Good Reading : March 2015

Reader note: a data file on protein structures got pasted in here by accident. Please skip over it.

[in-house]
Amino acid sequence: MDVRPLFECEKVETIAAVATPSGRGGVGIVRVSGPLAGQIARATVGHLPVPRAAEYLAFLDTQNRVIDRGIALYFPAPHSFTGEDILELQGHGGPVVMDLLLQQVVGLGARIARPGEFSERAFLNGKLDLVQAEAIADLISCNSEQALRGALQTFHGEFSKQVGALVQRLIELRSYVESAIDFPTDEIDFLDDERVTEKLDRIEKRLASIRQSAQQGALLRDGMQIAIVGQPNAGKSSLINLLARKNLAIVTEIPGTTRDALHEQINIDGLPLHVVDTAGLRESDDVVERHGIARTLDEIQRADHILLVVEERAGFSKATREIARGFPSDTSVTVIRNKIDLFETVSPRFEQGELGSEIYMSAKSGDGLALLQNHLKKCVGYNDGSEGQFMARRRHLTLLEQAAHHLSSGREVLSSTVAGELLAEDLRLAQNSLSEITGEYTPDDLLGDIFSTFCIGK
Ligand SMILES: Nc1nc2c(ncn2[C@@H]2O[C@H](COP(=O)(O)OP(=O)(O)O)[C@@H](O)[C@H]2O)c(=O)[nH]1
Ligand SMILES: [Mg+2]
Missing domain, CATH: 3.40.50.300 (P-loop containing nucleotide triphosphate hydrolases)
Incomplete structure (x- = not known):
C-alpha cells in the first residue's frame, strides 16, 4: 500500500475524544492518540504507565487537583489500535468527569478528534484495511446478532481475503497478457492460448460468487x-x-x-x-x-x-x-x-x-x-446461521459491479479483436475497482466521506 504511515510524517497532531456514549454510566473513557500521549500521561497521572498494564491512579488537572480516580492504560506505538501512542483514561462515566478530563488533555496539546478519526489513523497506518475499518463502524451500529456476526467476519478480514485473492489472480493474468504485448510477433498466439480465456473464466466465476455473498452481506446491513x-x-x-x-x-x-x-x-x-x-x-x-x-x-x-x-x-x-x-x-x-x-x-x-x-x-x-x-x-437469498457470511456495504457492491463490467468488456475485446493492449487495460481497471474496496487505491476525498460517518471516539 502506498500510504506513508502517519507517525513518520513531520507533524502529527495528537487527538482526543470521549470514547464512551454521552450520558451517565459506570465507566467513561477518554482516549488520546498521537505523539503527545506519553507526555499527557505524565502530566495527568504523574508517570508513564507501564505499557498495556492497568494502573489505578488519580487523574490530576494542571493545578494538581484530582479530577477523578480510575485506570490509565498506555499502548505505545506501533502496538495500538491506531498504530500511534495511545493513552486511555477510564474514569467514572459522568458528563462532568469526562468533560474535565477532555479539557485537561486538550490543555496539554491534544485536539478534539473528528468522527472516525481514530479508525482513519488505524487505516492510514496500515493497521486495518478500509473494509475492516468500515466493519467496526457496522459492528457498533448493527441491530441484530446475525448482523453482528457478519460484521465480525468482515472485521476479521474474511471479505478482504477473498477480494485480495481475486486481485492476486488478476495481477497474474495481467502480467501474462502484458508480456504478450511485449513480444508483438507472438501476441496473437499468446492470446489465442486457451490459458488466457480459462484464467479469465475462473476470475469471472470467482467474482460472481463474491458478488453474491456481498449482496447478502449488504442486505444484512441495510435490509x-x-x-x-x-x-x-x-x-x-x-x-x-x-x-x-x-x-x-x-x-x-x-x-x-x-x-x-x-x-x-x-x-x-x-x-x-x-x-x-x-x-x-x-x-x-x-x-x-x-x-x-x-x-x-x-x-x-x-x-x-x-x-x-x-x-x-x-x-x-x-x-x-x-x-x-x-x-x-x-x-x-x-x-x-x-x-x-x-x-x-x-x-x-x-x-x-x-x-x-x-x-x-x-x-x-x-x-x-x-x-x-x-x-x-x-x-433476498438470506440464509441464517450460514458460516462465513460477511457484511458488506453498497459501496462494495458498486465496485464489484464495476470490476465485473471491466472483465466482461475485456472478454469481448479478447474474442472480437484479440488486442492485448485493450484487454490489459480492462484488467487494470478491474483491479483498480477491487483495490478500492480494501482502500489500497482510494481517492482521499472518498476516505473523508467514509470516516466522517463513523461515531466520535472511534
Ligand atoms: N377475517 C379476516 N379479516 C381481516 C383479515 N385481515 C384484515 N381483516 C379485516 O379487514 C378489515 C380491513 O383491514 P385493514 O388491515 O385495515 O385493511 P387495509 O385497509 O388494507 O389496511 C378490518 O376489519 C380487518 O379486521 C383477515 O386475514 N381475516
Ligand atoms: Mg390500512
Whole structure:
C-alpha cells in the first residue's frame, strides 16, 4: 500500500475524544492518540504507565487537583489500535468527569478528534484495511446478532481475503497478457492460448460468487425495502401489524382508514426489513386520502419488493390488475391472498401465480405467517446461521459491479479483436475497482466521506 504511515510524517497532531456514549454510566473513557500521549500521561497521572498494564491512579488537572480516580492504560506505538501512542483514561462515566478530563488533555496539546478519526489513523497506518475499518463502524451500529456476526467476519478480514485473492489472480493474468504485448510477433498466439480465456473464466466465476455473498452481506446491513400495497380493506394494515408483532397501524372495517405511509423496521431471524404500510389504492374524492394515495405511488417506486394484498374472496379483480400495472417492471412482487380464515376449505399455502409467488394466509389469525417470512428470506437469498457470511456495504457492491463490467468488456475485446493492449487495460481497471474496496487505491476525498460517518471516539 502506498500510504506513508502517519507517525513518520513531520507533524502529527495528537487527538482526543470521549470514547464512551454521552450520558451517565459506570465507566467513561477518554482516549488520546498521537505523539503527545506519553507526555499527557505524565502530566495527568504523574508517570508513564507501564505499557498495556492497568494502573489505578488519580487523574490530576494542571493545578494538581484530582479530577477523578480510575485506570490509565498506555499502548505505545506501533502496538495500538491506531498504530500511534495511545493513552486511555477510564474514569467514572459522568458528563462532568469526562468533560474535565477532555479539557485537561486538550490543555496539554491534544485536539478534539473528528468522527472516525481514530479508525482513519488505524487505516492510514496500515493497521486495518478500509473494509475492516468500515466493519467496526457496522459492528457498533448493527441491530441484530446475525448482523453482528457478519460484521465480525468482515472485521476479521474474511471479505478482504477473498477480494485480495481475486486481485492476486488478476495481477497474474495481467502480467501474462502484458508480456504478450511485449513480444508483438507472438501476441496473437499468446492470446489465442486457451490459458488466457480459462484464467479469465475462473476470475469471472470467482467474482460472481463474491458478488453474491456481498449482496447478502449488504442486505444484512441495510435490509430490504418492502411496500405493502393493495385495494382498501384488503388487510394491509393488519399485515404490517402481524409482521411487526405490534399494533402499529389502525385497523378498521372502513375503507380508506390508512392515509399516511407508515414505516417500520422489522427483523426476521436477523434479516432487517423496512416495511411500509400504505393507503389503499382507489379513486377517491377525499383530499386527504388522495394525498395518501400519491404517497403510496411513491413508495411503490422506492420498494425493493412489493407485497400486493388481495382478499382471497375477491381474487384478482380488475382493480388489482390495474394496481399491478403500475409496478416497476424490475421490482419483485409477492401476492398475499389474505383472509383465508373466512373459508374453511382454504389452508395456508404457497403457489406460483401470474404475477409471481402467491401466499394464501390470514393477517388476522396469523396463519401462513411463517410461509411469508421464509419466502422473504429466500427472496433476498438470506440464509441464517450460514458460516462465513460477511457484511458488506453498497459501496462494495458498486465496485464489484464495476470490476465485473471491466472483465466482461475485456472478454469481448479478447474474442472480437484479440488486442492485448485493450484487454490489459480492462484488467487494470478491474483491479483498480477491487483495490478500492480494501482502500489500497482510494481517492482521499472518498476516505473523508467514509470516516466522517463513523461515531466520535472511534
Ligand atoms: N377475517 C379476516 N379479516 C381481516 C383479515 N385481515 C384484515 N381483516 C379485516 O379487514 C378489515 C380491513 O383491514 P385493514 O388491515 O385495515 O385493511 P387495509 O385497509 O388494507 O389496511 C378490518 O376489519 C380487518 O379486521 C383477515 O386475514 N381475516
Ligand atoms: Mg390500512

COFFEE TABLE It’s the predator we fear the most. Snakes and spiders can also kill, but nothing matches the bloody, torso-shredding spectacle of a shark chomping on a victim and pulverising it into the hereafter with its rows of lethal teeth. Shark: Fear and beauty captures sharks alone, sharks in a feeding frenzy, and sharks with blank LITHE AND LETHAL but remorseless expressions on their faces as they make their way through the water. Some sharks on these pages glide languidly through the water. But one charges towards something; all we see is a dorsal fin and a sheet of white, turbid water above it as it makes its way to an unseen destination. Most of the images are black and white, but the few colour photographs are largely of the world above the waterline, where birds hover against bruised, dark-blue skies and churning water, which seem to hint at the violent world of the shark that lies below. But not all the sharks here are aggressive killers. The enormous – but gentle – filter-feeding whale shark also appears, dwarfing nearby divers. Shark: Fear and beauty by Jean-Marie Ghislain is published by Thames & Hudson, rrp $60.00. They glide. They swerve. They kill. Natural-born predators they may be, but sharks – with their sleek, torpedo-like bodies and their fin-flipping lethal moves, are also beautiful. Photographer JEAN-MARIE GHISLAIN has captured our fascination with these aquatic assassins in Shark: Fear and beauty.